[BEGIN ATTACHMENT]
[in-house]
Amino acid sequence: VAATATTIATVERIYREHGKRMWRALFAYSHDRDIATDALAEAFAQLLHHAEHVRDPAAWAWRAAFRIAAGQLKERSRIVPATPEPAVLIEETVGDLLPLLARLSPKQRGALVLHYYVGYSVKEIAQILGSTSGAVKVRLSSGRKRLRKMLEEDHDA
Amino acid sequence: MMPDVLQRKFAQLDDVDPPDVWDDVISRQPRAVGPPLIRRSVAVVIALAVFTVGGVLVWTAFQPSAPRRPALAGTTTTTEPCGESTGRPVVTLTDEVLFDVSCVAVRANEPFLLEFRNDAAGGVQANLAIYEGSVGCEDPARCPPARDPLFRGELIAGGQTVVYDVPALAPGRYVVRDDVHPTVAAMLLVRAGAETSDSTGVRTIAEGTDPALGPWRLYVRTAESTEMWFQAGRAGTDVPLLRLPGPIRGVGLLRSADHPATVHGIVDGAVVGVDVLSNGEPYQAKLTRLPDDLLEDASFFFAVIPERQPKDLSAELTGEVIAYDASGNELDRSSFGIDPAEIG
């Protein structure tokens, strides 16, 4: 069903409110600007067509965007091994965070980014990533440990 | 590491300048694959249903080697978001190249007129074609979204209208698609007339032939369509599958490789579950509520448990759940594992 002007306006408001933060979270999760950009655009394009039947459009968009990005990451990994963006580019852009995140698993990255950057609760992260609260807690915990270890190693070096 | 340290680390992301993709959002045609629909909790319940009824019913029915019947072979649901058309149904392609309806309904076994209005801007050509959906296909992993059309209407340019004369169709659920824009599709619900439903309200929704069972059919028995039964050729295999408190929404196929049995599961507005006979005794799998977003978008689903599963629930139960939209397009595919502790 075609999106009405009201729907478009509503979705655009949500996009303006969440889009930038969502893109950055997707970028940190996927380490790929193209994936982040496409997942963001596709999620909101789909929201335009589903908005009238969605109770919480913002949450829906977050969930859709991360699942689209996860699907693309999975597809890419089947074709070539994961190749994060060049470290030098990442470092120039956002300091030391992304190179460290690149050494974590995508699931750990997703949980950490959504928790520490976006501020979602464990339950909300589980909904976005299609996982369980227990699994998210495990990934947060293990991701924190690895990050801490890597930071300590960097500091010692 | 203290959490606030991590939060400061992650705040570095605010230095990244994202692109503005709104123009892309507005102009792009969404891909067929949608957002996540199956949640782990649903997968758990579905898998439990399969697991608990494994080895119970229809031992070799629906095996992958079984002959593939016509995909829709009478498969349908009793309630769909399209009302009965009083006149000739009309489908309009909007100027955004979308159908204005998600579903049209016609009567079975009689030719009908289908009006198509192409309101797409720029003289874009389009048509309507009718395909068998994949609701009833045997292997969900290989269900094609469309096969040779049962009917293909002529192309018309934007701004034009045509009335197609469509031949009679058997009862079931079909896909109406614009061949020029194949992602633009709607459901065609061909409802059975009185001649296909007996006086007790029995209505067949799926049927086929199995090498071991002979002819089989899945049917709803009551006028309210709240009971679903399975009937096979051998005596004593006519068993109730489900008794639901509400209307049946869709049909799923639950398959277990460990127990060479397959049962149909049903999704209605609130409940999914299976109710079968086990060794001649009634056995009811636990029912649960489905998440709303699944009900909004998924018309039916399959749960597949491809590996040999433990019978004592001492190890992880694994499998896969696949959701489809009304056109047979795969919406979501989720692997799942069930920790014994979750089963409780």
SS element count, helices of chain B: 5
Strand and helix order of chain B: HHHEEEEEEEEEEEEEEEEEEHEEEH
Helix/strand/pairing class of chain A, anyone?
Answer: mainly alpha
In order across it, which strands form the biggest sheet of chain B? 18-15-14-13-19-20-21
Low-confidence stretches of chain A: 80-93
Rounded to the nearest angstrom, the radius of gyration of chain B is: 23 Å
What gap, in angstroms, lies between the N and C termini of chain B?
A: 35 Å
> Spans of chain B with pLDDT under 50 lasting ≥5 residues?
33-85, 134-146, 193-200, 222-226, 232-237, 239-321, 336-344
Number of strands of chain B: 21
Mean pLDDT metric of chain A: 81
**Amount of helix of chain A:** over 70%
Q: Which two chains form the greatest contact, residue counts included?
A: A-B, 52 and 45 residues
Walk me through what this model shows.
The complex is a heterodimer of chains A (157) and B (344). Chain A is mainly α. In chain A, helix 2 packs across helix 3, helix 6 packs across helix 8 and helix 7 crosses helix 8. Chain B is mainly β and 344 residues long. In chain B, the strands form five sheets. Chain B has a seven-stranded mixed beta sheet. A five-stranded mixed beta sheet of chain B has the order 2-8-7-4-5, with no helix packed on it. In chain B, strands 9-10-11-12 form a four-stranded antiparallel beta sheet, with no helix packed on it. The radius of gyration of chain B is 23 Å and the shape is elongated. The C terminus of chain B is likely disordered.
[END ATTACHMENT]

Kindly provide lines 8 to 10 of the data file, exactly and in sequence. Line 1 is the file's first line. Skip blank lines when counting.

Answer: mainly alpha
In order across it, which strands form the biggest sheet of chain B? 18-15-14-13-19-20-21
Low-confidence stretches of chain A: 80-93